Commemorating 20 years of the Kargil War, the IAF Monday turned the Gwalior air base virtually into a conflict theatre, with dramatic reenactment of some of the milestones of the operation in 1999. In a symbolic ‘recreation’ of the Tiger Hill attack in Jammu and Kashmir’s Drass-Kargil area, the air force used the Mirage 2000 aircraft and explosives were blown up on a ‘model hill’ to recreate the crucial events of the war. The chief guest for the event is Air Chief Marshal BS Dhanoa.

The IAF has planned several activities at the air base to commemorate the 20 years of the war and the symbolic ‘recreation’ of the Tiger Hill attack was one of them. Five Mirage 2000, two MiG 21s and one Sukoi 30 MKI were on static display at the base. Continue reading


When the indistinct radio first started filling in the police control room of Srinagar on the chilly afternoon of February 14, it appeared to be a usual attack on the paramilitary convoy. The ready patrolling party of the Special Operations Group (SOG) rushed their Rakshak—an armoured car—and jumped near the scene. This reinforcement party was the first to sense the gravity of the attack.

While running towards the bus, which was still burning, they were actually passing over human flesh. Small parts of human remains were scattered all over the highway tarmac. Continue reading


Four terrorists belonging to the Al-Qaeda affiliate Ansar Ghazwat-ul-Hind (AGH), two of them postgraduates, were killed in a gunfight with security forces in Shopian district of Jammu and Kashmir on Sunday. A joint contingent of police, CRPF and Army had laid siege around Panzar area of Shopian in south Kashmir in the early hours, after they received inputs that a group of terrorists whose ideology was similar to that of the Islamic State was hiding in the area.

As the security personnel started house-to-house searches, they came under heavy fire from terrorists hiding in an apple orchard in the area.The fire was returned by the troops and in the ensuing gunfight, which continued for nearly four hours, four AGH terrorists were killed. Clashes broke out between local youth and security personnel after the former marched towards the encounter site and pelted stones at the forces. Continue reading


Baloch activists have been working overtime to expose Pakistan’s atrocities in the Balochistan region of the country and have once again put up a number of posters in London. At a time when England is hosting the ICC Cricket World Cup, some of the posters were also seen just outside the Lord’s Cricket Ground which forced Pakistani fans to tear them apart after their team’s match against South Africa on Sunday.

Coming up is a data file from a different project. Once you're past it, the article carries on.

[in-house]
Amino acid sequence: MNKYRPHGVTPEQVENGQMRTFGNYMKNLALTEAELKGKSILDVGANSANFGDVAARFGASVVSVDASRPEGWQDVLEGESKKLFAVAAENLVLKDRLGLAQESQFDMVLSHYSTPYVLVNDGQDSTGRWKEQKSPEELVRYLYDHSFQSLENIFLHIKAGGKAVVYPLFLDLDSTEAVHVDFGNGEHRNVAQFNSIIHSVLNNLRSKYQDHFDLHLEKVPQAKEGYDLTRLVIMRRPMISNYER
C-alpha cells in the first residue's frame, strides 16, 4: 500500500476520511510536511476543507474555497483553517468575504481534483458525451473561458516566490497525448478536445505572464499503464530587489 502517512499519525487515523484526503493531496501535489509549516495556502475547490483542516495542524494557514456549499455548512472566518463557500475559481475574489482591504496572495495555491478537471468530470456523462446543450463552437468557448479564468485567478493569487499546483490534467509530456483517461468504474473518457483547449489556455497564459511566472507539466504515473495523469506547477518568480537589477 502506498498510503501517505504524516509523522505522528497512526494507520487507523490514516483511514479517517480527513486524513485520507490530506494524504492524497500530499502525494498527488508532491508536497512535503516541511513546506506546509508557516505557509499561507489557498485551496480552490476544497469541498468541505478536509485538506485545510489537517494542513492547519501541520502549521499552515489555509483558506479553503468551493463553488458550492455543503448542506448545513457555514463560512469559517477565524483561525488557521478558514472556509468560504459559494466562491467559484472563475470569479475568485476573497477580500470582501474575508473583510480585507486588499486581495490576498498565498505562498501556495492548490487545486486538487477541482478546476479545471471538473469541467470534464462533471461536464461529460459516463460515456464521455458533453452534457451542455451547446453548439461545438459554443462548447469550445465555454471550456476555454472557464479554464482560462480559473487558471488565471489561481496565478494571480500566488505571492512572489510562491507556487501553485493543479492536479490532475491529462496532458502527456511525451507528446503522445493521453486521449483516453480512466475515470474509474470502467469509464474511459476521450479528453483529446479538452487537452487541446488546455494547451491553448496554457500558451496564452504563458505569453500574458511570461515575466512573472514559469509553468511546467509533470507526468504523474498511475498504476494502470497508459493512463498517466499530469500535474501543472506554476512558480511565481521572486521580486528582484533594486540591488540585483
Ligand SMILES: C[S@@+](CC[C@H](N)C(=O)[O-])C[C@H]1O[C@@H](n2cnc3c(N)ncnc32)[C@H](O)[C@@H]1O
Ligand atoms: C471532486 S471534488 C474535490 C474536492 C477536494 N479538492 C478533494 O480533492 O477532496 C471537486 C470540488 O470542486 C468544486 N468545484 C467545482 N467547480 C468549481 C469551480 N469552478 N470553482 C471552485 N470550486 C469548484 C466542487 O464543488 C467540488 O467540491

Pakistan has repeatedly seen red each time Baloch activists have upped their attempts at highlighting Islamabad’s atrocities. Public advertisement spaces have been rented in London and other parts of England even in the past to put up these posters which decry the situation in Balochistan. With fans thronging England for the marquee cricket tournament, the Baloch activists may now have specifically targeted advertisement spots close to cricket stadiums. Pakistani cricket fans though are not too pleased and many of them were seen tearing these posters after their team’s crucial match against the Proteas. Continue reading


Air force Veterans and Senior Aerospace scientists and engineers in the country have again pushed Government of India to prepare a remapped road-map for the continuation of the Kaveri engine and pooling together multiple agencies in the county and their talent pool to make sure the program is a success this time after spending nearly 3000 crores in the program and 30 years without any viable production-grade product at hand.

Chorus in the military and scientific community has been growing for a while now after French Aero-engine maker ” SAFRAN ” cleared the Kaveri engine for flight test and integration into an old retired LCA-Tejas fighter prototype after carrying out a Technical Audit of the program but the program has not seen much progress since then, as Kaveri engine at the current stage, it is not capable to achieve the desired thrust which is required to power 83 Tejas MK-1A fighter jets ordered by the IAF. Continue reading


INDIA HAS scrapped a $500-million deal with Israel for the purchase of Spike anti-tank missiles from defence contractor Rafael Advanced Defense Systems after indigenous developer Defence Research & Development Organisation (DRDO) claimed that it could deliver an alternative within two years.

Government officials associated with the approval of the deal said Israel has been informed about the contract being abandoned in favour of DRDO, which claimed that it was developing a similar missile at a lower price in partnership with VEM Technologies Ltd. Continue reading


India is lining up defence deals worth around $10 billion for the US over the next two-three years despite ongoing trade disputes and immigration concerns, even as New Delhi and Moscow have worked out a payment mechanism to get around Washington’s sanctions regime against acquisition of Russian weapon systems.

The latest deal being finalised by India under the foreign military sales programme of the US is for the acquisition of 10 more Poseidon-8I long-range maritime patrol aircraft for over $3 billion, defence ministry sources said. “The procurement case for the 10 P-8I aircraft was cleared by an MoD committee last week. It will now be sent for approval to the Defence Acquisitions Council headed by defence minister Rajnath Singh by August. These 10 P-8Is will be more advanced than the 12 such aircraft already procured by India,” a source said. Continue reading


Minister of state for atomic energy Jitendra Singh said the “Modi government has earmarked an exclusive budget, approximately Rs 10,000 crore per year, for 10 years for the nuclear plant expansion programme”.In an interview to TOI, Jitendra Singh said the Modi cabinet’s key decision in its first term to allow JV with PSUs has helped Department of Atomic Energy (DoAE) overcome the financial constraint. “Being a sensitive subject, we could not involve private players. With the nod for JV, PSUs provide funds and DoAE provides them expertise for N-plant set-up.”